Inheritance Tax Exemptions Part 2

Potentially Exempt Transfers

Potentially Exempt Transfers (or PETs) are gifts which are exempt from Inheritance Tax, the caveat is that the transfers had to have occurred 7 year or more prior to your death. Since there is no way to accurately predict when you are going to die, its called a Potentially Exempt Transfer.

In the course of your lifetime, you are able to gift as much as you wish without having to pay IHT, as long as you survive for 7 years. If your estate then falls below the £325,000 threshold (2012/13), then there won’t be any tax liability whatsoever. If the individual dies within the 7 year period of making the gift, then any amount above the threshold will be the amount applicable to IHT.

There is a taper relief on the amounts below the 7 year period:

If the period between the gift and death is over 7 years, you don’t pay any IHT
If the period is 6 to 7 years, you pay 20% of IHT
If the period is 5 to 6 years, you pay 40% of IHT
If the period is 4 to 5 years, you pay 60% of IHT
If the period is 3 to 4 years, you pay 80% of IHT
If the period is less than 3 years, you pay 100% of IHT

Transferable Nil-rate Band

The nil-rate band is transferable if unused upon the first death. For example, if a person dies and the surviving spouse inherits the entire estate but doesn’t use the nil-rate allowance of £325,000 (e.g. no gifts to children or relatives), and then remarries to a different person who subsequently also dies (in the tax year 2012/13), then upon the second death the total allowance would be £650,000.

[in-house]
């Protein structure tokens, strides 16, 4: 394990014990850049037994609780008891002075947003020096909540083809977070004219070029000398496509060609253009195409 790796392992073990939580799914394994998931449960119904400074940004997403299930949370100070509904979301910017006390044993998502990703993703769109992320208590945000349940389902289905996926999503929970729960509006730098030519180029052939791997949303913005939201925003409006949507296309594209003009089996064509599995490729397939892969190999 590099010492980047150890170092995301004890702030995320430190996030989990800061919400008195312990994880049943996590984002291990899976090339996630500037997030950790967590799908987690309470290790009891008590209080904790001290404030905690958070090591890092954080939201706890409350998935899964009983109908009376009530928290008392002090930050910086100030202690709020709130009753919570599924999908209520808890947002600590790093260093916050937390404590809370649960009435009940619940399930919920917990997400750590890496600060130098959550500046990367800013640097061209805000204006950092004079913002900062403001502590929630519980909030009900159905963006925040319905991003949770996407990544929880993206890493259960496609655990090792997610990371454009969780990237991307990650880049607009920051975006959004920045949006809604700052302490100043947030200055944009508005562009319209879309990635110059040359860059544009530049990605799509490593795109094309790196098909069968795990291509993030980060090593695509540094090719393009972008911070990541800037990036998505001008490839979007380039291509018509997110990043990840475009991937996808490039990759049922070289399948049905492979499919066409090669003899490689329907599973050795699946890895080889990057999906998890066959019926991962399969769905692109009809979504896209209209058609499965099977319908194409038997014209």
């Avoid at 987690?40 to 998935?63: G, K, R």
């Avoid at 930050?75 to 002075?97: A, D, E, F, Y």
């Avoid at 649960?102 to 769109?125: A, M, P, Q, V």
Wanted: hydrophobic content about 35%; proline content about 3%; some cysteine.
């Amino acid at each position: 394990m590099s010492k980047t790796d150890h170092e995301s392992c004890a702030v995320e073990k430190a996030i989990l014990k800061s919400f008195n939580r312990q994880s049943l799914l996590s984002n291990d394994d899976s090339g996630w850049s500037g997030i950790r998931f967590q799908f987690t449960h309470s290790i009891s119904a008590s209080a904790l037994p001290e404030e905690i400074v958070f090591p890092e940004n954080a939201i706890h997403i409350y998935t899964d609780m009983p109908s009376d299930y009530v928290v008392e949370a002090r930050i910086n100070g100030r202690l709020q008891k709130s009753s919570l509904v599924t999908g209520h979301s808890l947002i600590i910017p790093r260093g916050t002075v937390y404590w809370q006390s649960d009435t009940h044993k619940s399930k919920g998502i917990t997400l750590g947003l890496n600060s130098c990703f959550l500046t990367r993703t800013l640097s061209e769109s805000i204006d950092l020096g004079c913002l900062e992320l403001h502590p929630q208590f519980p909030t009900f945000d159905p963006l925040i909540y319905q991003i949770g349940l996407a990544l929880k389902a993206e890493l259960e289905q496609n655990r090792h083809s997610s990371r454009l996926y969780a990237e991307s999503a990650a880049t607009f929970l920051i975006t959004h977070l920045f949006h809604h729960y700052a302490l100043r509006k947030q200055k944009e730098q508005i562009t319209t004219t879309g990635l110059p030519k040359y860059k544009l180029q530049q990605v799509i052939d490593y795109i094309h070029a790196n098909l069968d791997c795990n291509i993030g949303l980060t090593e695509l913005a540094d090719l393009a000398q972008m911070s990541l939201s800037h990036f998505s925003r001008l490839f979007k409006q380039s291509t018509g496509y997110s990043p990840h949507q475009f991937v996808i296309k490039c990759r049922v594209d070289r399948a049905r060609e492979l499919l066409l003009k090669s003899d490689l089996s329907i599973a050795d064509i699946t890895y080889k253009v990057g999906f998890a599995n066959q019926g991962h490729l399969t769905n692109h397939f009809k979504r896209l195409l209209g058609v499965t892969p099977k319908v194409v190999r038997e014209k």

Spouse or Civil Partner exemptions

Any UK-domiciled spouse or civil partner is not liable for Inheritance Tax on any lifetime gifts or estate upon their spouses/partner’s death. This applies even to amounts above the threshold limit.

Small gift exemptions

Any gifts up to the value of £250, to any number of individuals are IHT exempt

Wedding gifts

Gifts for someone who is getting married or registered as civil partners are IHT exempt according to the following criteria:

Children: up to £5,000
Grandchildren: up to £2,500
Other: up to £1,000

Transfers out of income

If you are willing to give away part of your annual income, you can do so IHT free. The only thing that you have to prove is that the gift does not affect your standard of living. For example, if you earn £50,000 a year, but you are able to live on £35,000 then you could essentially give away £15,000 a year IHT free.

Businesses, Agricultural and Woodland Holdings

Certain assets can have reliefs of up to 100% depending on their eligibility, to find out the qualifications consult your business accountant or the HMRC.

Similar Posts:

What to do when someone dies?
House Clearance Inverness
Call Now ButtonCall Us